In a presidential palace, a dictator’s wife Micheleine, her best friend Genevieve, a sassy photographer Kathryn, and a kleptomaniac translator Gilma pace the room. The photographer is here to photograph Micheleine and her husband, but he is late. On the outside, an uprising is happening; firebombs and riots on the streets, the north is revolting. But inside the room, the four women tell their stories, as the steady realisation of fear and impending downfall take effect on them.
For Genevieve, it’s an opportunity to get revenge.
For Kathryn, it’s an opportunity to get the photograph of her career.
For Gilma, it’s an opportunity to admit to her roots.
For Micheleine, it’s not an opportunity at all.
Abi Morgan’s play is sharp! Basically it’s an hour and a half of repetition as the same scene is played over and over again. But it’s far more exciting than that sounds. Each time it is reset we learn a little bit more about the women and the situation they have found themselves in. It could easily have been a mess, but is far from it under the direction of Robert Hastie. Each replay of the scene provides more detail, an extra layer of emotion or history – it’s the onion modern drama, and Morgan has done a mighty fine job of fitting it all together.
Then there are the language differences. Luckily for us, all four women do speak English throughout. But as Kathryn is the foreign outsider, she needs an interpreter. Instead of bogging down the text with repeated translations, Morgan hints throughout at Gilma’s shoddy translation (often using it as an opportunity to provide light humour) reminding us of the language issue but allowing the women to engage directly with one another.
There’s not a lot wrong here, that’s for sure! Sinéad Cusack as Micheleine is the standout – a typical hard-faced hostess at the beginning, by the end she has become a fractured lost woman holding on to her pride. She even takes off her zebra print shoes – a sure fire sign of being destroyed inside.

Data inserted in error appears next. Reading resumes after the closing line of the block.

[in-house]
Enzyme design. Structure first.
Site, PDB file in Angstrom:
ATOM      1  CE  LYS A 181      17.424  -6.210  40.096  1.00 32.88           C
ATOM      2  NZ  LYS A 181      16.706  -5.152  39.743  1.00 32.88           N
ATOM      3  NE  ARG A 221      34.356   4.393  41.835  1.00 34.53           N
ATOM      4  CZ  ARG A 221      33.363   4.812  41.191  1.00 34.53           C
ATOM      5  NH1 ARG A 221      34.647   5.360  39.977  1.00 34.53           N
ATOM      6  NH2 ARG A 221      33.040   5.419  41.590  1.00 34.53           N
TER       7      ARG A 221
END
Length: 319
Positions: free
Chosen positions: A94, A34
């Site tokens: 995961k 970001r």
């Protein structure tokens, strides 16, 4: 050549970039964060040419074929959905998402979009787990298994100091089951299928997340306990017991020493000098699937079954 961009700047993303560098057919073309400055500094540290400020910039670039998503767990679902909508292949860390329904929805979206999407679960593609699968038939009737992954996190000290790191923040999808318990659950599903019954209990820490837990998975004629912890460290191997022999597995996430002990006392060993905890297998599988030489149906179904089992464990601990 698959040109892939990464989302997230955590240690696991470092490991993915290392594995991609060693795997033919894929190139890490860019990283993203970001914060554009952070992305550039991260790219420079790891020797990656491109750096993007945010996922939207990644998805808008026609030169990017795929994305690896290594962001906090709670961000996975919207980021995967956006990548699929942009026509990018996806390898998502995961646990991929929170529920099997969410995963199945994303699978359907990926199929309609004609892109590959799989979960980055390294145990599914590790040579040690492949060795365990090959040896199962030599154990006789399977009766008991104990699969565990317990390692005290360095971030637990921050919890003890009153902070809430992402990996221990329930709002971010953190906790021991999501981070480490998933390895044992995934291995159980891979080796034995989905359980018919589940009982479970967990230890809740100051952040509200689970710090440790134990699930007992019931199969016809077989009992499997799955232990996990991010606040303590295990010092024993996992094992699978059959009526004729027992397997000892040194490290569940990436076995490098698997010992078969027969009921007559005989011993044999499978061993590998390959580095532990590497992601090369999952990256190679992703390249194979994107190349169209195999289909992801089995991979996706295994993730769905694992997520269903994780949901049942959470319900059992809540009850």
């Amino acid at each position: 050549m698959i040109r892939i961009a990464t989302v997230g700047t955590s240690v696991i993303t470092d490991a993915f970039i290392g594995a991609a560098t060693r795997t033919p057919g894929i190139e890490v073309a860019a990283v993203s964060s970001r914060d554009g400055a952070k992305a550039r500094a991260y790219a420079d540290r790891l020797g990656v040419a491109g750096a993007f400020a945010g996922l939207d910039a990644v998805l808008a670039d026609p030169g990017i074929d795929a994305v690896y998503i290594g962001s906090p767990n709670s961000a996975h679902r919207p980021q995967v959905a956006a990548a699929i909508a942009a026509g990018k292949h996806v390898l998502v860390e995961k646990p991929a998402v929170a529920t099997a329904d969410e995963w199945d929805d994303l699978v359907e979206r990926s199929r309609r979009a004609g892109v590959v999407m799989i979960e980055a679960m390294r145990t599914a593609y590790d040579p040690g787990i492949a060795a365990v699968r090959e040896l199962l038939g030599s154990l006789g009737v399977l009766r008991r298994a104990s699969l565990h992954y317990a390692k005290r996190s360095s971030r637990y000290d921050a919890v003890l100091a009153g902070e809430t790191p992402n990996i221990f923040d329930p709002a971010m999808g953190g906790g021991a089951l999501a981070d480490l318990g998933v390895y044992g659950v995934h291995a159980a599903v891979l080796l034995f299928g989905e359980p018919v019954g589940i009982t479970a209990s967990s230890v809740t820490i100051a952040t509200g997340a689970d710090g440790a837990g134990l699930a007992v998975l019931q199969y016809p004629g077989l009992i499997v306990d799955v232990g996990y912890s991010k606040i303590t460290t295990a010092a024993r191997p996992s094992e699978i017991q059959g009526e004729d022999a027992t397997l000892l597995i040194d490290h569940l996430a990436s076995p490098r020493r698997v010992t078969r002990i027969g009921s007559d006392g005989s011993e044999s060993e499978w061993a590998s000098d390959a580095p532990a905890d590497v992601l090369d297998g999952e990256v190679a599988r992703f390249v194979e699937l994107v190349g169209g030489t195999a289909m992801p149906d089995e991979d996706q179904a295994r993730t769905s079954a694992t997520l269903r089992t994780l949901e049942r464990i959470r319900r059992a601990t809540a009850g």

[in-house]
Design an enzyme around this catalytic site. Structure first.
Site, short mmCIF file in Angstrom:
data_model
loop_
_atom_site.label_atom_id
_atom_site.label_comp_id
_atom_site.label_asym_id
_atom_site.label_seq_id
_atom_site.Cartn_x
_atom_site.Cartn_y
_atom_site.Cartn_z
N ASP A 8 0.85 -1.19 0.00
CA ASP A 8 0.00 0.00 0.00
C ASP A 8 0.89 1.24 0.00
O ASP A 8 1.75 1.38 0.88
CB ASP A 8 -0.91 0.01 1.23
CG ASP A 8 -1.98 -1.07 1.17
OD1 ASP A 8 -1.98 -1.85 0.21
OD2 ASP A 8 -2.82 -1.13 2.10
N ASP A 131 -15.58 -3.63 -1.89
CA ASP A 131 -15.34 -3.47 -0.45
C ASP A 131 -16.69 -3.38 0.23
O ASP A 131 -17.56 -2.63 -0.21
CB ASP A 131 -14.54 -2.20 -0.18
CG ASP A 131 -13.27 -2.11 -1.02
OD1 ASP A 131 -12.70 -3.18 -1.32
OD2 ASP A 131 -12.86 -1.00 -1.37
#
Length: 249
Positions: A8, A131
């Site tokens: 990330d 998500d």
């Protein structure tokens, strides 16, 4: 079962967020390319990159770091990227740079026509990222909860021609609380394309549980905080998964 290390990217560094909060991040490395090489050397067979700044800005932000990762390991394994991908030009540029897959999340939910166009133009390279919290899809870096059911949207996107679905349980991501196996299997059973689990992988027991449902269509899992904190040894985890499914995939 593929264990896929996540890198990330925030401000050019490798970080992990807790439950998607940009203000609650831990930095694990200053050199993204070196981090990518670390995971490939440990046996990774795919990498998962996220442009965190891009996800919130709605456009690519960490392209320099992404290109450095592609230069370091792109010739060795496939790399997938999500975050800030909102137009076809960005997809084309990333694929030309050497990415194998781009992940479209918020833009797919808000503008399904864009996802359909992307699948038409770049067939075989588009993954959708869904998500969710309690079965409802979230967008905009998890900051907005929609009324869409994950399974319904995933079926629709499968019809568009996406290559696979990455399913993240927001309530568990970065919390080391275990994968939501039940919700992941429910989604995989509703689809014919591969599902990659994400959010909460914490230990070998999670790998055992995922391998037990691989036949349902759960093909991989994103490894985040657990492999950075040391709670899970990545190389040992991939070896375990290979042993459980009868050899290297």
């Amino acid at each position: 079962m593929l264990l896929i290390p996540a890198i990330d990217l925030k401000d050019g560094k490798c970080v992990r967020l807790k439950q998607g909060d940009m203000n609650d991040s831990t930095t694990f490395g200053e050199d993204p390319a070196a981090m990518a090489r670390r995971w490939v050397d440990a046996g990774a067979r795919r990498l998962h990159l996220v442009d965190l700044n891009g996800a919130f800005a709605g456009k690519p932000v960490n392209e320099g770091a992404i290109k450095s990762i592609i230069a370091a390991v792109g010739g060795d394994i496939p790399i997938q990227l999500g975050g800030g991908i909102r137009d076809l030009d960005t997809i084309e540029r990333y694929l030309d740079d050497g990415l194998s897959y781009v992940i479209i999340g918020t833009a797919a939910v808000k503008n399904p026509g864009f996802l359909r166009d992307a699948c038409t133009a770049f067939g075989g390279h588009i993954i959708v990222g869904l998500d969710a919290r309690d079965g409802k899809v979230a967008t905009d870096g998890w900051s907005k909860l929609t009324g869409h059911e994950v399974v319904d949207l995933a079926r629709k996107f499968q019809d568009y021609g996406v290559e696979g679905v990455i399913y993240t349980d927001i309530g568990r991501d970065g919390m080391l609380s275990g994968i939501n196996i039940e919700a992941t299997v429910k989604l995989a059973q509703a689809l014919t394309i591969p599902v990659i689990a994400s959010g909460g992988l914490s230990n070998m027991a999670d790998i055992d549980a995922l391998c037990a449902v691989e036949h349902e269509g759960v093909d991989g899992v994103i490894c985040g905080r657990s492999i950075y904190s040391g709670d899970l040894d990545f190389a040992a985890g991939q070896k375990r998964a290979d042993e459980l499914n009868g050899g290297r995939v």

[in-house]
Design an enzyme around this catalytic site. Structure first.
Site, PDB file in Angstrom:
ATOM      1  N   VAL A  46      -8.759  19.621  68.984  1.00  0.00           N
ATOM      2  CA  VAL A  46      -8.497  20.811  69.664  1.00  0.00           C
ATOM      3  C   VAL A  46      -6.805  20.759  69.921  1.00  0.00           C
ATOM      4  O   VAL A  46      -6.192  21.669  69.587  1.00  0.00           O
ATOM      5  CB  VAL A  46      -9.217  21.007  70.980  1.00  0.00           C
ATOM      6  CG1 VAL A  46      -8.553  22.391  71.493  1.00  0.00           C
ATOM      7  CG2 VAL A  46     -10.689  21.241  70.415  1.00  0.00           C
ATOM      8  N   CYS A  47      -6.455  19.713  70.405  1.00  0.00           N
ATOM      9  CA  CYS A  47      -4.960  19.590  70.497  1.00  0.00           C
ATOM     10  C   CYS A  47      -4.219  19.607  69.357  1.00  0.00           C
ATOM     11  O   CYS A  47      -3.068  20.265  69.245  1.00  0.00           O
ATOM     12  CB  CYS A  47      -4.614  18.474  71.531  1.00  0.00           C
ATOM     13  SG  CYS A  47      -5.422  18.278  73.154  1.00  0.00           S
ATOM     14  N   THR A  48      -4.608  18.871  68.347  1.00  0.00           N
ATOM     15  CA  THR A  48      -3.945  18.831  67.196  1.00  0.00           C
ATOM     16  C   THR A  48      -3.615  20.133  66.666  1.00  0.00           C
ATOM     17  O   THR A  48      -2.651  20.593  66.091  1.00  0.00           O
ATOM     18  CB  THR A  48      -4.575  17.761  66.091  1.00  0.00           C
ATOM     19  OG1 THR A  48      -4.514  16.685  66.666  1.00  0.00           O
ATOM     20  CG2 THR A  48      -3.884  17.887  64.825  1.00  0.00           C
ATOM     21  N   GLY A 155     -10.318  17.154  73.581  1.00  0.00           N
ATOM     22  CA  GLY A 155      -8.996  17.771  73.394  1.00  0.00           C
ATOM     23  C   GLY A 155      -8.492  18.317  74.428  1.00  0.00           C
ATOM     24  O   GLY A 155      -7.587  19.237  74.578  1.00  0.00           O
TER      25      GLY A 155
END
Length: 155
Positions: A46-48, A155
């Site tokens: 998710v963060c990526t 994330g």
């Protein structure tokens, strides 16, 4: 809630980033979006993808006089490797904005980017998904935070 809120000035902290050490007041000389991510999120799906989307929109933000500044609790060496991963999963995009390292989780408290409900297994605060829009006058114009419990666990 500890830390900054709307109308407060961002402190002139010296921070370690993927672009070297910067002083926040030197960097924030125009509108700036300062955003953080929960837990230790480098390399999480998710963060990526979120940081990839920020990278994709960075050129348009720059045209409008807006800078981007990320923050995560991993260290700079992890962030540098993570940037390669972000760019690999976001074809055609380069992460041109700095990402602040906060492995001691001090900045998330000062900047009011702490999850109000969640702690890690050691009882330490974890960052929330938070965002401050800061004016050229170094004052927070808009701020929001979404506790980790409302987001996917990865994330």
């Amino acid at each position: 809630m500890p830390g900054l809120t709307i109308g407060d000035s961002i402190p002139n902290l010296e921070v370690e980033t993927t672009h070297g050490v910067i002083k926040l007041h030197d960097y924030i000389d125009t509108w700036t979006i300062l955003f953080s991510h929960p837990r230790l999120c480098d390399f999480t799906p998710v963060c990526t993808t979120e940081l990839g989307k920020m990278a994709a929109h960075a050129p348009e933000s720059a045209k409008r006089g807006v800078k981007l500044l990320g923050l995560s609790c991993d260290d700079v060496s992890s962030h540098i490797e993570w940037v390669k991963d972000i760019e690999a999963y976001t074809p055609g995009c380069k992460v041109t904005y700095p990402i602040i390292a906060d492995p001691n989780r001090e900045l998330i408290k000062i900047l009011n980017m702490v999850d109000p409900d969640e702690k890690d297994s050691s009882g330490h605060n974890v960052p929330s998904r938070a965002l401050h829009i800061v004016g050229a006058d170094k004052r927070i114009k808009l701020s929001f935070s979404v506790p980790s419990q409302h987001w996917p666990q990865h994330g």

Genevieve O’Reilly as Kathryn is also spot-on casting, and I’m not sure there’s anyone else in the country who plays the tortured soul quite as well as Michelle Fairley. It took me a while to warm to Zawe Ashton’s Gilma, but that’s possibly because for the first half she is more narrator than a character.
It’s a simple design from Peter McKintosh. A grand window looks out at the darkness, a broken chandelier, two seats and a ring of broken glass. It really works though! The ring of glass helps show the destruction closing in on them, but ultimately turns the stage into a verbal boxing ring that the four women frequently pace around. The black window was perfect at signifying the world outside, although part of me expected a man in scream mask to run up from the other side at any minute. But all that combined with excellent lighting design and a steady build up of explosions and rumbling in the created a tension that kept the narrative moving along at a nice pace.
Special mention to…
Abi Morgan’s words. It could easily have been a big confused mess that left me wondering what the hell I’d seen. Instead the evolution of the women’s stories and the careful handling of their discussions meant it’s hands down one of the best written pieces I’ve seen in some time.
Also special mention to the rude people who got up and left half way through. In a theatre the size of the Donmar, don’t think you weren’t seen by everyone else. Shame on you.
This has to be one of the best things I’ve seen this year. The writing is sharp, the performances are excellent, the direction is (almost) spot on, and all that translates into an hour and a half of excellent theatre. I’m potentially being overly generous unleashing the great five stars, but I came out hugely impressed at the construction of the text and the literature student in me is in charge this morning.
Splendour is running at the Donmar Warehouse until 26th September. Limited availability throughout but tickets are available from the ATG tickets website.
And the seat…
Circle, row B, seat 5. My first time on stage left in the Donmar, and it was literally no different to stage right really. As always some minor leaning is needed to see directly below you from these seats in the circle, but that’s not a problem as you don’t get in the way of the people behind you (or I like to think not…).